Setting Up Right Goals

We need goals. They navigate us through the chaos of life. They help us to become what we want to be. They organize us. If you decide to learn a new language, you have to set up your goals.

The only problem is that more often than not our goals remain unachieved. Most people start blaming themselves for being too lazy, or for procrastinating too much, or for being disorganized and wasting time reading Facebook instead of learning a couple of new grammar rules. Others start blaming their life circumstances – I work too much, kids take all my spare time, if only I had a helper and were less busy with my household routine… All these are true – we do kill time reading Facebook, kids require a lot of time, and your boss won’t be excited to learn that you failed to meet an important deadline because you’ve been busy memorizing new words in Japanese. Yet, some people manage to learn a new language, and sometimes even more than one, while some just stop learning languages eventually.

I believe that the reason behind most of these failures is wrong goals. Goals equal outcome. Often we consider details about the process rather than setting up desirable outcomes to work toward. For example, if you say “My goal for the next year is to study Russian at least 3 hours a week,”, I bet you’ll fail and feel guilty about it by the end of the year. If you want to improve your Russian, then your goal should be like “By the end of the next year I should be able to have a basic conversation in Russian”. Ideally, you also have to have an actual pragmatic need to communicate in Russian if you truly want to achieve this goal – a new job or educational opportunities, some close friends in Russia that would enrich your life, the love of your life that happens to be a Russian speaker etc. Desirable outcome planning can navigate you through the learning routine. Routine itself, even well-intended and well-planned is simply not a navigation tool.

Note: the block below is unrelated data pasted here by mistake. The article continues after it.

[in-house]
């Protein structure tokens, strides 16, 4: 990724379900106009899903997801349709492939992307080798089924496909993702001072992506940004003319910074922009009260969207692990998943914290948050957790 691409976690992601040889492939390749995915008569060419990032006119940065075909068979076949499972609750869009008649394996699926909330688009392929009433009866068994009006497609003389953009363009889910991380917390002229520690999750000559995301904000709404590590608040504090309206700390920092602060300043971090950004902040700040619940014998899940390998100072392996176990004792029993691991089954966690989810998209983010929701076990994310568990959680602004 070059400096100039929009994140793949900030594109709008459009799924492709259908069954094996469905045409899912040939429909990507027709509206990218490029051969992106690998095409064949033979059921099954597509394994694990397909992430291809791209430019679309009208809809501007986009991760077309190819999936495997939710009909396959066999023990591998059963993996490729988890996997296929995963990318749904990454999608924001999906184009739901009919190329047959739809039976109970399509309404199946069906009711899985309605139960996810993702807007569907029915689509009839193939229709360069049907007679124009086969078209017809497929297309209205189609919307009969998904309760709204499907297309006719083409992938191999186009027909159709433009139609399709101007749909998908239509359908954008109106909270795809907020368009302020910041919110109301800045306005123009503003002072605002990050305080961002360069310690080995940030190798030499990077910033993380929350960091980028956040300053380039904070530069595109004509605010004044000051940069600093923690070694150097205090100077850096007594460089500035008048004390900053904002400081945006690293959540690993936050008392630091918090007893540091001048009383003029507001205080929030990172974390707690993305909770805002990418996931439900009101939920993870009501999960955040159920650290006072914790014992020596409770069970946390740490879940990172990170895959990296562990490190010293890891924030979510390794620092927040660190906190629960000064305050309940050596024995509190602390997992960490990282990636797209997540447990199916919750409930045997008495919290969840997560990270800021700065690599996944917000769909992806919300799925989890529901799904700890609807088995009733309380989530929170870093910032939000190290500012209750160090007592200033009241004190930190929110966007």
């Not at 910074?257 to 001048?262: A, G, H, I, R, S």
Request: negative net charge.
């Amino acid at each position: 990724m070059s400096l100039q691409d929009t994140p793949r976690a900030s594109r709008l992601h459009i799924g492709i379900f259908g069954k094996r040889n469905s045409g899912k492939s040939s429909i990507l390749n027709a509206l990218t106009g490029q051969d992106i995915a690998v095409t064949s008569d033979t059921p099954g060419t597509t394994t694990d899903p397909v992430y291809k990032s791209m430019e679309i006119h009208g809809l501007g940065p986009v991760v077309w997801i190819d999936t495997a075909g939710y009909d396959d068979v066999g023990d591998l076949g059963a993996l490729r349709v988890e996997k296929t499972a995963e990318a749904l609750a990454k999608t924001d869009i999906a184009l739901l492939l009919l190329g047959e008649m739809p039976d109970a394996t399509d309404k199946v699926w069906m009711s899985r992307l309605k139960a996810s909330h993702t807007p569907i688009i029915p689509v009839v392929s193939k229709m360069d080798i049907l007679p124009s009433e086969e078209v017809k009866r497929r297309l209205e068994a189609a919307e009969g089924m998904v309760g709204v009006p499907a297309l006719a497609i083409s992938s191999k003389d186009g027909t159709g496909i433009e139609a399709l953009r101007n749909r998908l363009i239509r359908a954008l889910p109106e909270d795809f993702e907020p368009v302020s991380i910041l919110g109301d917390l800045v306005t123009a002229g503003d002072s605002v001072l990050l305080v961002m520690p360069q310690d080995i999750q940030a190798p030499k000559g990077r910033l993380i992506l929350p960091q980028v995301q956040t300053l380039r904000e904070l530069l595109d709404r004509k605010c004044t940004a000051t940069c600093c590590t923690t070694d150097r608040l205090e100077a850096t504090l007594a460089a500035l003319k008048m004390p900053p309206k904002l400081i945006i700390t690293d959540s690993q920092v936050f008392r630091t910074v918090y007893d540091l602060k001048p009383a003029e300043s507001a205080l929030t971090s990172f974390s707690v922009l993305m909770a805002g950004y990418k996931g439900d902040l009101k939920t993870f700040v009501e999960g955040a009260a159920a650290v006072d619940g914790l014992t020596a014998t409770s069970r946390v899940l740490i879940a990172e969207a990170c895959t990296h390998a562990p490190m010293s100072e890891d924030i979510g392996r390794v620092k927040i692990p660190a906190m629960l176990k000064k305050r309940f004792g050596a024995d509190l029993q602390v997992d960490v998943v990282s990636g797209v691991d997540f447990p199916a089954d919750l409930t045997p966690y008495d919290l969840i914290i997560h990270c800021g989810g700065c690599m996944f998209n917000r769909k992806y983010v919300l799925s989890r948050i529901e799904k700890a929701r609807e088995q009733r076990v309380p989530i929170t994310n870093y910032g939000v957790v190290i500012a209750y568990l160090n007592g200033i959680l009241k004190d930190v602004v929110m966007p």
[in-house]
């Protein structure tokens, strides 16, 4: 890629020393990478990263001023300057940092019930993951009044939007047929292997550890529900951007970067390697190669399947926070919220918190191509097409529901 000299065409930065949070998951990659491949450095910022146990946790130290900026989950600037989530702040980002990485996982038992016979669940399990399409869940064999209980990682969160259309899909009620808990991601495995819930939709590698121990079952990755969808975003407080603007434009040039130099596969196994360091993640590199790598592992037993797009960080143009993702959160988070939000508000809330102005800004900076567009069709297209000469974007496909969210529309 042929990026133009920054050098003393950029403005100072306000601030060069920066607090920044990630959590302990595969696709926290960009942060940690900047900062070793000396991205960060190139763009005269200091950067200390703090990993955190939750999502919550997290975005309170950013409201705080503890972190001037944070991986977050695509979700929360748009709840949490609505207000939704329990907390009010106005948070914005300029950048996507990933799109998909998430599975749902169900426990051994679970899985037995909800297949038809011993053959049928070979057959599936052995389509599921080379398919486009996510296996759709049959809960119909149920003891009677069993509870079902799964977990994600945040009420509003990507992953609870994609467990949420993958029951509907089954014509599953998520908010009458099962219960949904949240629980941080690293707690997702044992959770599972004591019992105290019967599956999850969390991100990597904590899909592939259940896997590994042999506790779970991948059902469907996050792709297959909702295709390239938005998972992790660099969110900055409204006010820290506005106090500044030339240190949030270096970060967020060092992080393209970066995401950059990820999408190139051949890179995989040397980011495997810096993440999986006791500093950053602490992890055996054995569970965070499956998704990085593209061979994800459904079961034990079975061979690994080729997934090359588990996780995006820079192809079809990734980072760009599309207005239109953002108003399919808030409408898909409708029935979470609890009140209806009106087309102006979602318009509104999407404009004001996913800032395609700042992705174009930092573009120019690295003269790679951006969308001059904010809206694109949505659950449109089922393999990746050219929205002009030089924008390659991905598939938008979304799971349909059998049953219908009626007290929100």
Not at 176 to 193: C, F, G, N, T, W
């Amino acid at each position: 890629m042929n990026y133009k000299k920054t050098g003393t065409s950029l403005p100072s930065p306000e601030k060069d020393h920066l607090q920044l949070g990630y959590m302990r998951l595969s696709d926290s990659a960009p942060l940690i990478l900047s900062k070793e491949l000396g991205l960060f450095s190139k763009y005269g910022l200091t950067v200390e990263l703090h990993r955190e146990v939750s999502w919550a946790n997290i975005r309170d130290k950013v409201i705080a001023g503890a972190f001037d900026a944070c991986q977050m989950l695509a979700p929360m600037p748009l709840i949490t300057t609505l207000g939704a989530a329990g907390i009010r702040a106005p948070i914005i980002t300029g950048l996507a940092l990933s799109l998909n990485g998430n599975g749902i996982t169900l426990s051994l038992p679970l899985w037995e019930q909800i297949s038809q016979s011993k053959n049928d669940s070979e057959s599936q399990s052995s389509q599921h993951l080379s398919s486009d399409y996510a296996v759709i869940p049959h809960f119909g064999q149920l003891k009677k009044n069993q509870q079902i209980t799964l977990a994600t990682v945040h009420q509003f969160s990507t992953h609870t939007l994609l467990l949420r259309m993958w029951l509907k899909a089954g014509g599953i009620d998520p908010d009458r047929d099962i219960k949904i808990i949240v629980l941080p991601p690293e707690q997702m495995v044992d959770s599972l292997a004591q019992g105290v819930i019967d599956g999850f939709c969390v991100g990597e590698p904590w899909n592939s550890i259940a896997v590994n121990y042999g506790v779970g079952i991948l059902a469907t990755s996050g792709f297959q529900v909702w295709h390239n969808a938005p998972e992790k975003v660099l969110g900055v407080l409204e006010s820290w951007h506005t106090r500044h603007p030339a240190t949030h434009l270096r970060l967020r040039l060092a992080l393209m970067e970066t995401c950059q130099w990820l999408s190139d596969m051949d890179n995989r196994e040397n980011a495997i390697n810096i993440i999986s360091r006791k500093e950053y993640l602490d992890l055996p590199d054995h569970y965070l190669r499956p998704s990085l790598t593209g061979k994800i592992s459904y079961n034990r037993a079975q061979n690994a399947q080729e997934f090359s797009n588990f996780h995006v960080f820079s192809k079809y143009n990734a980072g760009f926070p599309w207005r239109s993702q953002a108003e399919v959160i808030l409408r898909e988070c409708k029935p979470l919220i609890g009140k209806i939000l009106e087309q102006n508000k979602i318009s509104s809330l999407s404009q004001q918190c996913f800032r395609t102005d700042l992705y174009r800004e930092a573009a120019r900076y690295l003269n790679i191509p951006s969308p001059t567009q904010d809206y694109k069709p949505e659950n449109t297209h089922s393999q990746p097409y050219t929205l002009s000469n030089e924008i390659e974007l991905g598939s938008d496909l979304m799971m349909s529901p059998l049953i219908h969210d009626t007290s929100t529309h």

So, what goals work and motivate? The ones that are relevant to your personal desires. For example, French modern art fascinates you. Your goal could be “Read XYZ books about French modern art (of course, en français)”. Or “Understand what a guide in the Louvre says”. You realize that those books are available only in French, or you suspect that something important is lost in translation, so you anticipate a meaningful reward for your efforts. Actually, you don’t have to feel like it’s a goal. Those books attract and absorb you, so you don’t think about them as you are fulfilling your learning plans. In the long run, language is a means, not a purpose.

Or, for example, if somebody told you about the project “How to Cut Household Waste in Half,” but unfortunately, all the descriptions – the books and videos – about this project are in German, you can set “study German 30 minutes every day” as a goal and get permanently frustrated because there will be days when 30 minutes are impossible to dedicate to studying. Or you can limit your desired outcome to reading those books and understand what those videos are about and work on achieving this simple and practical goal. The next step would be getting to know other supporters of these projects, reading online forums, chatting with other people who are into it – and voila, one day you find that you’ve acquired German without actually learning it on purpose.

I don’t want to make an impression that I know the only right way to learn languages. There are many ways to learn a language. I believe, all of them go through hours of meaningful practice, i.e. using language for some good reasons. However, the ways to failure are all the same: substituting the outcome with the process, and purpose with the routine and schedule. Don’t learn hard, learn smart and have fun! Having fun is mandatory.

Photo by Les Chatfield